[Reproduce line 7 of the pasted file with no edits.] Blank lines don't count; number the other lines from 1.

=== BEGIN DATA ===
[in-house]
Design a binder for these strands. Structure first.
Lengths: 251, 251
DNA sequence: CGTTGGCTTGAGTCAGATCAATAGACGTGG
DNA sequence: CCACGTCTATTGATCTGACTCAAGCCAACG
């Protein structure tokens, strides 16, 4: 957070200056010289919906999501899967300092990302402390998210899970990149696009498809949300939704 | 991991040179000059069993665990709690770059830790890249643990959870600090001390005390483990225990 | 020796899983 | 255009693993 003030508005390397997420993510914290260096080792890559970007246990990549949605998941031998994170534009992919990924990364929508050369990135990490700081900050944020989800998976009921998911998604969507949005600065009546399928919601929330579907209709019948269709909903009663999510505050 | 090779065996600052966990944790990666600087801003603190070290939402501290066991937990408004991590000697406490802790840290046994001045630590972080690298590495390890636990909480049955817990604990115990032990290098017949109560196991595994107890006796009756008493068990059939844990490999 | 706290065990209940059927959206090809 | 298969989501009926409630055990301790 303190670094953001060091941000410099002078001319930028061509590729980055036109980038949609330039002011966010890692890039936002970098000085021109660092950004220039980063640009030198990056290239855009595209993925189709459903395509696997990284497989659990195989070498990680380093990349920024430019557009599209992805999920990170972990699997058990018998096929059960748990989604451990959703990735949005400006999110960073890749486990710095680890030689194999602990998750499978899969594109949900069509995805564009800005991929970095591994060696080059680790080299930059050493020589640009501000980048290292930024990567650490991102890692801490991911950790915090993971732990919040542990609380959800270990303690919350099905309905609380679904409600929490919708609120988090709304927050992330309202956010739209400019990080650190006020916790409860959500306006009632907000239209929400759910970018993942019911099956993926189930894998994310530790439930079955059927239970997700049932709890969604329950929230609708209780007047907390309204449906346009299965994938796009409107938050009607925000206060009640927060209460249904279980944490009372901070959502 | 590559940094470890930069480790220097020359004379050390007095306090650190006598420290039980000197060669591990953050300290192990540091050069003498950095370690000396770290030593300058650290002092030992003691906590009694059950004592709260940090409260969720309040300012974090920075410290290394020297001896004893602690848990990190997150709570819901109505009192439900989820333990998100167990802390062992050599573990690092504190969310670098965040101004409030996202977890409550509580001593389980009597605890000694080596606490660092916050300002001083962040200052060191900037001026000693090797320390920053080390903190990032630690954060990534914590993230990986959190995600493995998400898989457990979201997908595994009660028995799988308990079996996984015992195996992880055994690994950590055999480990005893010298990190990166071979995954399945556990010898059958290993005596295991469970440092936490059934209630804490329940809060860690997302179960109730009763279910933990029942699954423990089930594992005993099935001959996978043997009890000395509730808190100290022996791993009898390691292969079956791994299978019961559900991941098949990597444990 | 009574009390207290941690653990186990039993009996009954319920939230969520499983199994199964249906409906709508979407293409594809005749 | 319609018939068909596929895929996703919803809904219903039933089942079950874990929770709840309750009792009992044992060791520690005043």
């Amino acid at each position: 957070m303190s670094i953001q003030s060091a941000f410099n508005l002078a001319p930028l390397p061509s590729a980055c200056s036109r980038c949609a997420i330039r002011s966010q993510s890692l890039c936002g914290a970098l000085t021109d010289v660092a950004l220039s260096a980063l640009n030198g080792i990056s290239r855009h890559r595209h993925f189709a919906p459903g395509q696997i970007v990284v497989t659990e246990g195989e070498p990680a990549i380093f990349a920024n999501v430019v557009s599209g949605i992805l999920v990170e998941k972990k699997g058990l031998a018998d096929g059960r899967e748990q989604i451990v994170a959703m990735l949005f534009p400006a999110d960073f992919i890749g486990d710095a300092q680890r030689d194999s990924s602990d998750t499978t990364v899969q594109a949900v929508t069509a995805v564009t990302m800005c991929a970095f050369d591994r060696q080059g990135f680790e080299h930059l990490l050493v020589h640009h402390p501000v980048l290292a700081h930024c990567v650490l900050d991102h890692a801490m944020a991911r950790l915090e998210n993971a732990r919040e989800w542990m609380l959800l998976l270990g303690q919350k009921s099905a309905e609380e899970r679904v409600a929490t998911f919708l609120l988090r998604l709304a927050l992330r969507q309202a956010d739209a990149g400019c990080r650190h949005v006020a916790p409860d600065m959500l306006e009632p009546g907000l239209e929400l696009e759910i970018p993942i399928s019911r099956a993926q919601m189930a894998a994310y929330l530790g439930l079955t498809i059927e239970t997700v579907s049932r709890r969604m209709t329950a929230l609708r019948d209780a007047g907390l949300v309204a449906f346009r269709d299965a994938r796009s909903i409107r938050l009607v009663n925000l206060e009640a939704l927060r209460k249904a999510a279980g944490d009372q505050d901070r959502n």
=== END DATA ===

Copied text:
């Amino acid at each position: 957070m303190s670094i953001q003030s060091a941000f410099n508005l002078a001319p930028l390397p061509s590729a980055c200056s036109r980038c949609a997420i330039r002011s966010q993510s890692l890039c936002g914290a970098l000085t021109d010289v660092a950004l220039s260096a980063l640009n030198g080792i990056s290239r855009h890559r595209h993925f189709a919906p459903g395509q696997i970007v990284v497989t659990e246990g195989e070498p990680a990549i380093f990349a920024n999501v430019v557009s599209g949605i992805l999920v990170e998941k972990k699997g058990l031998a018998d096929g059960r899967e748990q989604i451990v994170a959703m990735l949005f534009p400006a999110d960073f992919i890749g486990d710095a300092q680890r030689d194999s990924s602990d998750t499978t990364v899969q594109a949900v929508t069509a995805v564009t990302m800005c991929a970095f050369d591994r060696q080059g990135f680790e080299h930059l990490l050493v020589h640009h402390p501000v980048l290292a700081h930024c990567v650490l900050d991102h890692a801490m944020a991911r950790l915090e998210n993971a732990r919040e989800w542990m609380l959800l998976l270990g303690q919350k009921s099905a309905e609380e899970r679904v409600a929490t998911f919708l609120l988090r998604l709304a927050l992330r969507q309202a956010d739209a990149g400019c990080r650190h949005v006020a916790p409860d600065m959500l306006e009632p009546g907000l239209e929400l696009e759910i970018p993942i399928s019911r099956a993926q919601m189930a894998a994310y929330l530790g439930l079955t498809i059927e239970t997700v579907s049932r709890r969604m209709t329950a929230l609708r019948d209780a007047g907390l949300v309204a449906f346009r269709d299965a994938r796009s909903i409107r938050l009607v009663n925000l206060e009640a939704l927060r209460k249904a999510a279980g944490d009372q505050d901070r959502n």